# Martingale Representation

*The martingale representation problem in its simplest form is the following. Given a filtration generated by a martingale \(M\) and given another martingale \(N\) adapted to the filtration, can we express \(N\) as a stochastic integral with \(M\) as the integrator? The martingale \(N\) is generally closed, i.e. it can be expressed as the conditional expectation of a terminal variable \(N_{T}\). In this case, the integrand \(H_{t}\) of the stochastic integral representation is heuristically the sensitivity of \(N_{T}\) to the shock \(dM_{t}\).The Brownian filtration is the most important example where a Martingale Representation Theorem holds.*

The theory of martingale representation is concerned with the following problem.

Consider a filtered probability space \((\Omega,{\cal F},P)\) with index space \(\mathbb{T}=[0,T]\) where \(T\) is finite. Such a space supports a set of martingales \({\cal M}\) against which we can compute stochastic integrals for predictable integrands.

We are given an \({\cal F}_{T}\)-measurable random variable \(X_{T}\). It induces a martingale \((E_{t}[X_{T}])_{t \in \mathbb{T}}\). This process represents, within the model, the anticipation of \(X_{T}\) at any point \(t\). The changes in \(E_{t}[X_{T}]\) as a function of \(t\) reflect the real time acquisition of information on \(X_{T}\). New information comes as surprises as modeled in martingale differences (see this post). Heuristically, martingale representation asks the following question: can we represent the surprises in \((E_{t}[X_{T}])_{t \in \mathbb{T}}\) for any \(X_{T}\) as a linear function of the (contemporaneous) surprises embedded in our set \({\cal M}\) of martingales. More precisely, can we represent the martingale \((E_{t}[X_{T}])_{t \in \mathbb{T}}\) as a sum of stochastic integrals against some martingales in \({\cal M}\).

A striking incarnation of this issue is found when the filtered probability space is generated by a Brownian motion^{1}.

**Theorem (Martingale Representation for the Brownian Filtration)**:*Let \({\cal F}\) be the smallest right continuous and complete filtration generated by a univariate Brownian motion \((B_{t})_{t \in \mathbb{T}}\). Let \(X_{T}\) be an \({\cal F}_{T}\)-measurable random variable with finite second moment \(E_{0}[X_{T}^{2}]<\infty\). Then there is a predictable process \((H_{t})_{t \in \mathbb{T}}\) with \(\int_{0}^{T}H_{s}^{2}ds<\infty\) such that:\[X_{T}=E[X_{T}]+\int_{0}^{T}H_{s}dB_{s}.\]*

\({\scriptstyle \blacksquare}\)

In the same context as above, we have a simple yet important corollary:

**Corollary:** *For any square integrable ^{2}right continuous martingale \((M_{t})_{t \in \mathbb{T}}\) with \(M_{0}=0\), there exists a predictable process \((H_{t})_{t \in \mathbb{T}}\) with \(\int_{0}^{T}H_{s}^{2}ds<\infty\) such that:\[M_{t}=\int_{0}^{t}H_{s}dB_{s}.\]*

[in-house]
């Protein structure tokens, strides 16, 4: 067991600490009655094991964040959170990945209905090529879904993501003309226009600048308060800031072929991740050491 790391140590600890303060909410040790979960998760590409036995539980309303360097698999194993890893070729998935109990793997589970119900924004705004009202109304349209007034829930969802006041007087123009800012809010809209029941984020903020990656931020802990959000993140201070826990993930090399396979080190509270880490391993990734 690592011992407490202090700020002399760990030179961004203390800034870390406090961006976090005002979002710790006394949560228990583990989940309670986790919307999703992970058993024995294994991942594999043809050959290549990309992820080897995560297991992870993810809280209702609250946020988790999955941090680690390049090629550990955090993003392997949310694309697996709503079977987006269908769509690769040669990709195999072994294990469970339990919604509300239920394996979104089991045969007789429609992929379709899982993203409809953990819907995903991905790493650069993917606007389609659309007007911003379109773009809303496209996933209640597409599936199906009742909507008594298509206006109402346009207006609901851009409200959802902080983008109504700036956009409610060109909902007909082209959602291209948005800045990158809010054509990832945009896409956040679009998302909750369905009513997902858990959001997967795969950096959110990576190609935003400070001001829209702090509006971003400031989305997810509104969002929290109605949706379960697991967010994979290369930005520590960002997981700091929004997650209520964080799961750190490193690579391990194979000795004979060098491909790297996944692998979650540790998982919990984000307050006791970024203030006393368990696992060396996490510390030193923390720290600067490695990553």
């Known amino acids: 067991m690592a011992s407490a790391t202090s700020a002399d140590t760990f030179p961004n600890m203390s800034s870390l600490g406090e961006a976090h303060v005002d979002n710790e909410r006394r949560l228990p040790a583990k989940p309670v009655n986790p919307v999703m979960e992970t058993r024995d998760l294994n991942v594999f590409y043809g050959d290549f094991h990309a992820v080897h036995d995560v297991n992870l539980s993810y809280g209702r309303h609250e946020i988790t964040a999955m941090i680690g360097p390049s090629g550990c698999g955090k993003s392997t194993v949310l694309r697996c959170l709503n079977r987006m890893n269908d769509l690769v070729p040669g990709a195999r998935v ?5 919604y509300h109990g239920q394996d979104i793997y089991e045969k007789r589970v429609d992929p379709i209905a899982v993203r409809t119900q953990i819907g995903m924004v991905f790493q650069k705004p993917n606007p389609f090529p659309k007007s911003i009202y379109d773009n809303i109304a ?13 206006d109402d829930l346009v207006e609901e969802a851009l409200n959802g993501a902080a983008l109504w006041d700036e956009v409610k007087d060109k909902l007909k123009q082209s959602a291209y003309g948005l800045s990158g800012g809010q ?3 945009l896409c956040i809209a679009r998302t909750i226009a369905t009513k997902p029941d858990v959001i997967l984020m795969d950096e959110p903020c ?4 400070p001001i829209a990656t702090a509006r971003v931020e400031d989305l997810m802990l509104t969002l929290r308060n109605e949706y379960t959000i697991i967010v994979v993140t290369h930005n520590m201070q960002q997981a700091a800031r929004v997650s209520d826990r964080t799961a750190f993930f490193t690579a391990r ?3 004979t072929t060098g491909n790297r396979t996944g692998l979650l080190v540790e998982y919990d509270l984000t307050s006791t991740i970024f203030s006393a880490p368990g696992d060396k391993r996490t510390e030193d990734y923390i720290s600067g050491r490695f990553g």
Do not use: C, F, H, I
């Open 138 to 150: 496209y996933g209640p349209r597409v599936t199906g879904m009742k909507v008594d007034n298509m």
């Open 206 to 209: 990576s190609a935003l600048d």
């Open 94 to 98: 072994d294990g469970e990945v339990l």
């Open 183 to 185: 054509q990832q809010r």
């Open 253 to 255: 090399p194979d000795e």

\({\scriptstyle \blacksquare}\)

In other words, all square integrable right continuous martingales with initial value zero are Brownian stochastic integrals. Actually, in our context, all square integrable martingales have a version which is still a martingale and is right continuous with left limits. They can therefore be represented as Brownian integrals. Since Brownian integrals have continuous trajectories, all square integrable martingales in this setup have a continuous version. Finally, one can extend the above result to show that all local martingales can be represented as a Brownian stochastic integral.

It is quite easy to generate setups where the filtration is the minimal filtration generated by a given martingale \((M_{t})_{t \in \mathbb{T}}\), and yet, the filtration supports other martingales which cannot be written as sotchastic integrals of \((M_{t})_{t \in \mathbb{T}}\). In this post, an example is given where \(\mathbb{T}\) is discrete and \((M_{t})_{t \in \mathbb{T}}\) has standardized gaussian increments. If, on the other hand, \((M_{t})_{t \in \mathbb{T}}\) has binomial increments, the martingale representation holds with the set \({\cal M}\) consisting of \((M_{t})_{t \in \mathbb{T}}\). A solution to recover a martingale representation result when it does not hold for \({\cal M}=\{ (M_{t})_{t \in \mathbb{T}} \}\) is to add other martingales in \({\cal M}\), based on higher order moments of \((M_{t})_{t \in \mathbb{T}}\) for instance. Indeed, the problems generally come from the difficulty of generating non linear functions of \((M_{t})_{t \in \mathbb{T}}\) through the stochastic integral which, in the end, is just a linear reweighting of the increments of \((M_{t})_{t \in \mathbb{T}}\).